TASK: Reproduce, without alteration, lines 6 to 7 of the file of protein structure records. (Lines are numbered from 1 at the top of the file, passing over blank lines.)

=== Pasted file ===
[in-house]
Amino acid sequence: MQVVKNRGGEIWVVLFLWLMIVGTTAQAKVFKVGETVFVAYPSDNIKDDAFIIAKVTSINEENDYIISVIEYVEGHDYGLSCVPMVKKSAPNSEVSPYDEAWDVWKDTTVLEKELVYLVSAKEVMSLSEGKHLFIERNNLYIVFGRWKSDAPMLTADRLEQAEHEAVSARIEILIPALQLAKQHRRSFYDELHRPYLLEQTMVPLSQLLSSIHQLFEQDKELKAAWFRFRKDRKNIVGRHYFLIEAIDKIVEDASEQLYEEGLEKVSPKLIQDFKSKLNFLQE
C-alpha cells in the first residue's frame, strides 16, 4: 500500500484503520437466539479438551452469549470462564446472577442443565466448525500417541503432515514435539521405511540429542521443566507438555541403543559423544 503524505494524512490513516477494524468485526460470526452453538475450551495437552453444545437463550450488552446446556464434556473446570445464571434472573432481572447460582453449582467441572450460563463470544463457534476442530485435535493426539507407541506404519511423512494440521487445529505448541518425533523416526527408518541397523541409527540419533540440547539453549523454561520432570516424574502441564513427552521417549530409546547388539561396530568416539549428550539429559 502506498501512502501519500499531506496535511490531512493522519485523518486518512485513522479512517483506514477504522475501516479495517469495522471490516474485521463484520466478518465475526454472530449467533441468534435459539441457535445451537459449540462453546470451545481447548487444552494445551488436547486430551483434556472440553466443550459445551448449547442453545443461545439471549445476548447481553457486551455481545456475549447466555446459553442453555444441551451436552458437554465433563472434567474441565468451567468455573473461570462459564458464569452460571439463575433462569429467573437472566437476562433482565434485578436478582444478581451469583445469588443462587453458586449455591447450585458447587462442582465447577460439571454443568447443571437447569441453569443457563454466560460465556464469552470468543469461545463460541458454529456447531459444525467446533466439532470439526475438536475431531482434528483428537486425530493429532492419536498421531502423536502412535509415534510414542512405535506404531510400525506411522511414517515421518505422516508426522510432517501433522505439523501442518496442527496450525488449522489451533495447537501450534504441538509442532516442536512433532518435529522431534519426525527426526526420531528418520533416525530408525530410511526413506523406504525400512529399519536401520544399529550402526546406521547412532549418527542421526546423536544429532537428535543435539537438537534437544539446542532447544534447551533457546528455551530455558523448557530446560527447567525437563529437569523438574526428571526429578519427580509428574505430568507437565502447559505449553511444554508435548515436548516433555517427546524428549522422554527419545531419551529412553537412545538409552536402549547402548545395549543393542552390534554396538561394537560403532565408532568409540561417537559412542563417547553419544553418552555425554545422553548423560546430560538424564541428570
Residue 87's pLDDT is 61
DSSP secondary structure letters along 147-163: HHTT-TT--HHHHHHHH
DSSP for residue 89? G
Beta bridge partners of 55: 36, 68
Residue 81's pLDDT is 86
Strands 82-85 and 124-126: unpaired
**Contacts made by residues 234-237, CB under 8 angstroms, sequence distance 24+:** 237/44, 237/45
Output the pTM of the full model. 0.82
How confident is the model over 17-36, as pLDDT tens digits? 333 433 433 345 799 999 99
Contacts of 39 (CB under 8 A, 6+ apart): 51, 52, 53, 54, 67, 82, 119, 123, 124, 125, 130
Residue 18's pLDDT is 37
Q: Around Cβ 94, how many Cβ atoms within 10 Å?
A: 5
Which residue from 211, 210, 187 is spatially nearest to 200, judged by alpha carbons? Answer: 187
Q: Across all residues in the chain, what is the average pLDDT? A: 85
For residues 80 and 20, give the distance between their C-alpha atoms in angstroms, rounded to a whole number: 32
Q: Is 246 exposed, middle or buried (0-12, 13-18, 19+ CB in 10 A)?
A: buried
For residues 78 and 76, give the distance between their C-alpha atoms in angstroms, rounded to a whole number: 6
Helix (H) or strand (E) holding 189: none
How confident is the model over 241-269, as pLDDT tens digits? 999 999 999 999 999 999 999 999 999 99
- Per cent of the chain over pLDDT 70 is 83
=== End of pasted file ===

DSSP for residue 89? G
Beta bridge partners of 55: 36, 68